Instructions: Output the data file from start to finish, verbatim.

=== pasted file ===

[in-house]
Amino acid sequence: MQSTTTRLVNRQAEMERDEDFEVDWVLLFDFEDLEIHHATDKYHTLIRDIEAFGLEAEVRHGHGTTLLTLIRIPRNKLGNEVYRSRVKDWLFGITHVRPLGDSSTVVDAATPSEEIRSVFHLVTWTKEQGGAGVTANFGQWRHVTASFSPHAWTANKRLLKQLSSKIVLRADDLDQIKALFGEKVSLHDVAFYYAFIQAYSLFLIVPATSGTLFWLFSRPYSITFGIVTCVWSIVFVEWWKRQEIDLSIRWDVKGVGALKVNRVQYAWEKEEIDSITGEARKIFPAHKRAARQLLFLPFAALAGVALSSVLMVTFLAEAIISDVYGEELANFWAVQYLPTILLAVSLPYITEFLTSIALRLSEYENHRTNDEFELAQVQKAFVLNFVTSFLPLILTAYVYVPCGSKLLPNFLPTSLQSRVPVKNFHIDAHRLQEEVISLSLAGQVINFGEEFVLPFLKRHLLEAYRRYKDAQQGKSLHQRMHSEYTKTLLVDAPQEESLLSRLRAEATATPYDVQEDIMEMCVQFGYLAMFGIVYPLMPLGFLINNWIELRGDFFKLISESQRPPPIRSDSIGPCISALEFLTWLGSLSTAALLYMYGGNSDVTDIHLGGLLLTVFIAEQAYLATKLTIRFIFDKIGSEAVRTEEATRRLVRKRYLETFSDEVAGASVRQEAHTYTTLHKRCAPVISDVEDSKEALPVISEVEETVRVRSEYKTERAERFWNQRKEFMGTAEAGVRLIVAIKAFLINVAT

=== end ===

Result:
[in-house]
Amino acid sequence: MQSTTTRLVNRQAEMERDEDFEVDWVLLFDFEDLEIHHATDKYHTLIRDIEAFGLEAEVRHGHGTTLLTLIRIPRNKLGNEVYRSRVKDWLFGITHVRPLGDSSTVVDAATPSEEIRSVFHLVTWTKEQGGAGVTANFGQWRHVTASFSPHAWTANKRLLKQLSSKIVLRADDLDQIKALFGEKVSLHDVAFYYAFIQAYSLFLIVPATSGTLFWLFSRPYSITFGIVTCVWSIVFVEWWKRQEIDLSIRWDVKGVGALKVNRVQYAWEKEEIDSITGEARKIFPAHKRAARQLLFLPFAALAGVALSSVLMVTFLAEAIISDVYGEELANFWAVQYLPTILLAVSLPYITEFLTSIALRLSEYENHRTNDEFELAQVQKAFVLNFVTSFLPLILTAYVYVPCGSKLLPNFLPTSLQSRVPVKNFHIDAHRLQEEVISLSLAGQVINFGEEFVLPFLKRHLLEAYRRYKDAQQGKSLHQRMHSEYTKTLLVDAPQEESLLSRLRAEATATPYDVQEDIMEMCVQFGYLAMFGIVYPLMPLGFLINNWIELRGDFFKLISESQRPPPIRSDSIGPCISALEFLTWLGSLSTAALLYMYGGNSDVTDIHLGGLLLTVFIAEQAYLATKLTIRFIFDKIGSEAVRTEEATRRLVRKRYLETFSDEVAGASVRQEAHTYTTLHKRCAPVISDVEDSKEALPVISEVEETVRVRSEYKTERAERFWNQRKEFMGTAEAGVRLIVAIKAFLINVAT